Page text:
“Only amnesiacs have no regrets” is perhaps one of the most profound statements in Jean-Michel Guenassia’s The Incorrigible Optimists Club. It holds particular relevance with the novel itself, as the club is made up of members who fled from behind the iron curtain, leaving jobs, wives and children behind them for the sake of their lives and freedom. Each has their own regrets and things they might have done differently had they had the chance- though it’s a chance that few of them will ever get.
The novel is light-hearted at times, with these moments coming from the portions of the novel rooted in the present- Paris between the 1950’s and 60’s. The protagonist during this time is a teenage boy named Michel Maroni- a keen player of baby-foot (mentioned several times throughout the novel, this term refers to foozball or table football) a vicarious reader and an honorary member of the Incorrigible Optimists Club. This sometimes masks from the reader the truth that the novel shows in the individual stories of its members- the darkness of the communist regimes and the long-lasting effects they had on those who escaped them. Through the novel we see the families torn apart, the careers ruined, the relationships broken and the friendships ended. Yet as the title itself suggests, there is something optimistic to be found in the novel.
These men, from various communist regimes and various religions, all belong to something together, a club of their own creation. They visit the Balto cafe, drink, eat and play chess, and discuss their lives just as anyone who had lived an entirely commonplace life might. They’re survivors, and make the best of the lives they have now- even if their degrees aren’t recognised, and their job prospects significantly lower, the majority manage to keep relatively upbeat attitudes, which are inspiring for both the reader and for Michel. For Michel, his problems can always be taken to the club for discussion and solutions- their wealth of knowledge on life, family and women benefits him, and his presence in some way benefits them.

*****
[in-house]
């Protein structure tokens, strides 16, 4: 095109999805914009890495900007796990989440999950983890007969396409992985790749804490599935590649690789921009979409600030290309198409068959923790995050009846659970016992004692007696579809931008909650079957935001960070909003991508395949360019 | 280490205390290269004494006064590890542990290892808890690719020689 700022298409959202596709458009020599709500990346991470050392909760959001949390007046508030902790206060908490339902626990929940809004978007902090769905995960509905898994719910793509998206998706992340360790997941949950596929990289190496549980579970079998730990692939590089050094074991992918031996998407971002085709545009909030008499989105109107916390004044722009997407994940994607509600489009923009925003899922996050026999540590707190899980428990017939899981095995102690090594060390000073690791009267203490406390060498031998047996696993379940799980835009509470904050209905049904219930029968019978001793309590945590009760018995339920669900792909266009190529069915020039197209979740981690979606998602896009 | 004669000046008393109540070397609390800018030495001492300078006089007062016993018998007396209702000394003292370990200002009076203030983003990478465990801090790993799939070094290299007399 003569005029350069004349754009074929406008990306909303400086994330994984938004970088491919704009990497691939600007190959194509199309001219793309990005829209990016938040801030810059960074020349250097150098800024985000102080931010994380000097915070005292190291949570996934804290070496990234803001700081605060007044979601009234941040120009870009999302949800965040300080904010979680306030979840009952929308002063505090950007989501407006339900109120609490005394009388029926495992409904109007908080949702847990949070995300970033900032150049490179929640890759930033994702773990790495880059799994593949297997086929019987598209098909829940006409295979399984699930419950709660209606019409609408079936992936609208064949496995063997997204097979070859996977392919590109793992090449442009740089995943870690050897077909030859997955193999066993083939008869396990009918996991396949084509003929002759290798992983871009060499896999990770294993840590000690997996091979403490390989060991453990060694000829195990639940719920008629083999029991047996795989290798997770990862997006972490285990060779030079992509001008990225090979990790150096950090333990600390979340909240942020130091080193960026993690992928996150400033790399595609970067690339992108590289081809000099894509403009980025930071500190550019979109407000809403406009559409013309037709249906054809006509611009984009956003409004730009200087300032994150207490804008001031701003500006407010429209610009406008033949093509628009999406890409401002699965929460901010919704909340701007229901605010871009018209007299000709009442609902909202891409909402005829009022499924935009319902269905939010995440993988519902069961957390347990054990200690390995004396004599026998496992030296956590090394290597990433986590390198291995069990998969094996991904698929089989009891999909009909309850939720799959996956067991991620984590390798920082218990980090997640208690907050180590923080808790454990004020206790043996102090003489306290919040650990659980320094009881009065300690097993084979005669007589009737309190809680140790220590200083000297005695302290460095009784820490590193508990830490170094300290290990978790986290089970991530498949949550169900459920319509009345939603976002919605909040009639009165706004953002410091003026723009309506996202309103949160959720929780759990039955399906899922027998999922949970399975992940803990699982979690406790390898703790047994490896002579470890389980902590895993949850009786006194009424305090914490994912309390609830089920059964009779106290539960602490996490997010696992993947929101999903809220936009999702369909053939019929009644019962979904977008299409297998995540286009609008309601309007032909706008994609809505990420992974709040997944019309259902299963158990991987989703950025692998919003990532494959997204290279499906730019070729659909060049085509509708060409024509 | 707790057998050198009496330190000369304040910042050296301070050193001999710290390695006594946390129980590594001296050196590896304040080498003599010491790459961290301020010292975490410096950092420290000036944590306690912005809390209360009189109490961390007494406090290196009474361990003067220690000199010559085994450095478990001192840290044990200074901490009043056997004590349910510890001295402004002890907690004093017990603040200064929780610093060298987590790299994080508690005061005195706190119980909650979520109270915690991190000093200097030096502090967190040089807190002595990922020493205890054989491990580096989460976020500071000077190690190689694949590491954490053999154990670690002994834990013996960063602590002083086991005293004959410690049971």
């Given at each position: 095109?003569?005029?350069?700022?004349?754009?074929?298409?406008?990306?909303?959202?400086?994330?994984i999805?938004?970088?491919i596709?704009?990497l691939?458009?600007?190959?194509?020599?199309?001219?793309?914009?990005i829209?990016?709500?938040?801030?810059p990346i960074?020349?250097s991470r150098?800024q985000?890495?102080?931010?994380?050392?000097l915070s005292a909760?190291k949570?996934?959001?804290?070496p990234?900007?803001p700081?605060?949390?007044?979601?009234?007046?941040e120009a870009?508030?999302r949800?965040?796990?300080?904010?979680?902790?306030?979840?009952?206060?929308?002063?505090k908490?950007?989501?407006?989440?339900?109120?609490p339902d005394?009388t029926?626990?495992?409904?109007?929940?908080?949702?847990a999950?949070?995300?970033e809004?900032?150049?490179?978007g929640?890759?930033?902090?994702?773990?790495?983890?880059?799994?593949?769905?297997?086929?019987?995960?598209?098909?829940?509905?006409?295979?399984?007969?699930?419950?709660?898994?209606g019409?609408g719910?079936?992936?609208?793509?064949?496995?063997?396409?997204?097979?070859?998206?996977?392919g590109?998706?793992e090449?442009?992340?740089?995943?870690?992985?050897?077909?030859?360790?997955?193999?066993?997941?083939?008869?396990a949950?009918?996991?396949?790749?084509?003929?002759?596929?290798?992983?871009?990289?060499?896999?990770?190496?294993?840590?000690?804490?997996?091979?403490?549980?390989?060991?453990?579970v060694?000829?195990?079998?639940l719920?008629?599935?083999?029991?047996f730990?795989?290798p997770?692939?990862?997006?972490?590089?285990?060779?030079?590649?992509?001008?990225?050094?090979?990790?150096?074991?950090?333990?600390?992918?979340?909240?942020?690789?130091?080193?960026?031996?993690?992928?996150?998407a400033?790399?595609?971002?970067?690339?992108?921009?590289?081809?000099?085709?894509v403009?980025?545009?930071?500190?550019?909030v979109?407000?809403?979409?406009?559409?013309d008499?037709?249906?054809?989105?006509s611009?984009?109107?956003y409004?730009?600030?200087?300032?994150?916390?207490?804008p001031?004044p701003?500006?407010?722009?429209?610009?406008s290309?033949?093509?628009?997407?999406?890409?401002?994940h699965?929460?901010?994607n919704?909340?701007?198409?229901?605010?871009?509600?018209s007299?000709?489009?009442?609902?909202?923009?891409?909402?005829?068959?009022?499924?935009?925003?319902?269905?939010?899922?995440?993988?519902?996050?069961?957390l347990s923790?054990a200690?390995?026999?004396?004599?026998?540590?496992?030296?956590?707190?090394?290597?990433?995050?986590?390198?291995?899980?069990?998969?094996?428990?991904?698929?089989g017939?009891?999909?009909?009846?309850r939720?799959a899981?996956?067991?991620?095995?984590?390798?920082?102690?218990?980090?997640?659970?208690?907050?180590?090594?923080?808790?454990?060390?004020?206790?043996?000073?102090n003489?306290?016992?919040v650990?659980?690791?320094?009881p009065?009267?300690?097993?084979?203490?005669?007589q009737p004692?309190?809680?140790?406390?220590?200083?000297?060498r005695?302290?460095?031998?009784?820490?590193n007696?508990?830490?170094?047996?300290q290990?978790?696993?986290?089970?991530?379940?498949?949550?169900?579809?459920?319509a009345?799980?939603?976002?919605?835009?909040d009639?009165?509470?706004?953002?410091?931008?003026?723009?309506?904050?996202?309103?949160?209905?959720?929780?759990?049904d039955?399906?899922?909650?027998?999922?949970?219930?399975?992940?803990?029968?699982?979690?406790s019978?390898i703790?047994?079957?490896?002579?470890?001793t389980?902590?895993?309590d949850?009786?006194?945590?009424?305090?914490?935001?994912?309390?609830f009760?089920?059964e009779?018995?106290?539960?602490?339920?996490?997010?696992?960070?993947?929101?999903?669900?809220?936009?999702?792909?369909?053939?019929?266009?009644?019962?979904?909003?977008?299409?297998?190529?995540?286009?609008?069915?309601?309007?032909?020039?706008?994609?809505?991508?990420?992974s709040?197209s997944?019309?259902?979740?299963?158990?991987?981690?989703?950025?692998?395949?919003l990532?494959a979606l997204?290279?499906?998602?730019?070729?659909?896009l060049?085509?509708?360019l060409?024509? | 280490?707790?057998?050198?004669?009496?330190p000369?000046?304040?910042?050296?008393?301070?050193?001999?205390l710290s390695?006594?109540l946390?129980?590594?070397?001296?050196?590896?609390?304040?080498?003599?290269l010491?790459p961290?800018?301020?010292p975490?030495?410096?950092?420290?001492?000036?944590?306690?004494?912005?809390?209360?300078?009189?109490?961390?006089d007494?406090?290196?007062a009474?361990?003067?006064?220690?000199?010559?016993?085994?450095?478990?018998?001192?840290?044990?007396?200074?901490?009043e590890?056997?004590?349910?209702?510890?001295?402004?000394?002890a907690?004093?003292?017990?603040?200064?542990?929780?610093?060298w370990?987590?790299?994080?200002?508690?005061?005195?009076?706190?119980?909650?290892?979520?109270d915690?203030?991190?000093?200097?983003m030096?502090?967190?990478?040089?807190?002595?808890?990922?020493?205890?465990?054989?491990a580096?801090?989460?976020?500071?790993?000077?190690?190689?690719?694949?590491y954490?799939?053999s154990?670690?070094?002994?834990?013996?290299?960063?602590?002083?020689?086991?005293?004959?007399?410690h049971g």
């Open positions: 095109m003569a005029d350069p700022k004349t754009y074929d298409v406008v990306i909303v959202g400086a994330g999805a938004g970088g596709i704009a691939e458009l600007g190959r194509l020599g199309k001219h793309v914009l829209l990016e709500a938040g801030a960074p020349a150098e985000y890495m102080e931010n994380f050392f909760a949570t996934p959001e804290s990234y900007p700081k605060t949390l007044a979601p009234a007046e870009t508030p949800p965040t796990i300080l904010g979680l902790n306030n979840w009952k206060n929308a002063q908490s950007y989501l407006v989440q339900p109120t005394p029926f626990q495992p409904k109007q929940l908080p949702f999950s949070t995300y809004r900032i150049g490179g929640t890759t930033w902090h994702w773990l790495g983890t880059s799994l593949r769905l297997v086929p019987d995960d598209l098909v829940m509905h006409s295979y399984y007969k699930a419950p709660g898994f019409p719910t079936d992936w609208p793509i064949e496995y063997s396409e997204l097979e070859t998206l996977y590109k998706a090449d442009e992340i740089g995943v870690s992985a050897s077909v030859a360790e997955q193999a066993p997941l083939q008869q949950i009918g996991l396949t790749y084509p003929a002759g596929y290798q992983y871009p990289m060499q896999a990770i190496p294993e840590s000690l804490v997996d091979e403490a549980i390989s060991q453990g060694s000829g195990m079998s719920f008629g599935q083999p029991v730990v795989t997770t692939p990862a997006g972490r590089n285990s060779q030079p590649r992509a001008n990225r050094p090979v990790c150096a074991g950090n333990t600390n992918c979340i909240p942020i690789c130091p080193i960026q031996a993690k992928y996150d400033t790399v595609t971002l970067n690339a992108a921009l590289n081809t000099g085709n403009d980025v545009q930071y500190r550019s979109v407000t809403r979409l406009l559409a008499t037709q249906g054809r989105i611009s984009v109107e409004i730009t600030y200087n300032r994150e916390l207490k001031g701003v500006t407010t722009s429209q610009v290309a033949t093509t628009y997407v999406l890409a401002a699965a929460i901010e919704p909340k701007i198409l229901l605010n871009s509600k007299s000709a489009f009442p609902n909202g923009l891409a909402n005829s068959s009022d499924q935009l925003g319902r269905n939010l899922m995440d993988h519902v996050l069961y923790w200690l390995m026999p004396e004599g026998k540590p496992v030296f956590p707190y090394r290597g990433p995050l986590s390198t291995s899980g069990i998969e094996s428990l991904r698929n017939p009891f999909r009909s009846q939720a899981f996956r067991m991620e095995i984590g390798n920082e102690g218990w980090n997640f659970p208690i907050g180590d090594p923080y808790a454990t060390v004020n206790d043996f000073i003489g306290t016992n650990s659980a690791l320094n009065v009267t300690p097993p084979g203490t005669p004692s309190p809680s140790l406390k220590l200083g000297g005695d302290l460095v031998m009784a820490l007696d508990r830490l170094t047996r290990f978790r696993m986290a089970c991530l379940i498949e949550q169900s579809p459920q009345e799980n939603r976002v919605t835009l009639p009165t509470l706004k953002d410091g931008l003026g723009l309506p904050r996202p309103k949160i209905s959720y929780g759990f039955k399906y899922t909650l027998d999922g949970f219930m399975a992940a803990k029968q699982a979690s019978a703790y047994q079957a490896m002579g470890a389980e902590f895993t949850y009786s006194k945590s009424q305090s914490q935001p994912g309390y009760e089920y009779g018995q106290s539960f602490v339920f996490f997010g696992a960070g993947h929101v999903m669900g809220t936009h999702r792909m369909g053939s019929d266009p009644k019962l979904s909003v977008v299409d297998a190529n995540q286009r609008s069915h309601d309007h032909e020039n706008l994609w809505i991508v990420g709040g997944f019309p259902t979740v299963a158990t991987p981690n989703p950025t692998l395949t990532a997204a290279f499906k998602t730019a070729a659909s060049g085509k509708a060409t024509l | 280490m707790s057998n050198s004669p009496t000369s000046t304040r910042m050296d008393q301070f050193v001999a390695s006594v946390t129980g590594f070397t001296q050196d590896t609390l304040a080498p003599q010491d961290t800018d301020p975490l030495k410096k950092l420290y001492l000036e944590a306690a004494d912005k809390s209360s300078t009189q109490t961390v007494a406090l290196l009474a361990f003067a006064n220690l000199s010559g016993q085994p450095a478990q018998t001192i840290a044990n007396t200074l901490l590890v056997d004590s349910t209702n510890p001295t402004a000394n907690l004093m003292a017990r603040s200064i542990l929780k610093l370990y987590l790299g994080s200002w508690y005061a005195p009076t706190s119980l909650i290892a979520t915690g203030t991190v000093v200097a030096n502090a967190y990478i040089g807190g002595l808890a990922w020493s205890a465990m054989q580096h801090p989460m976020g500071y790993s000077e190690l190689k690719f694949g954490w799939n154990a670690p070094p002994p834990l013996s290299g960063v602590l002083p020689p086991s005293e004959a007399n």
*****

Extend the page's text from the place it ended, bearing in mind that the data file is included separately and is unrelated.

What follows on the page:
The novel on a whole is a wonderful read, and at over six hundred pages will keep you occupied for some time (or a day, if you’re a read-in-one-sitting type of reader!). It’s very enjoyable and gives you a lot to think about along the way- and Michel will give you plenty of recommendations for books to add to your reading list throughout the novel.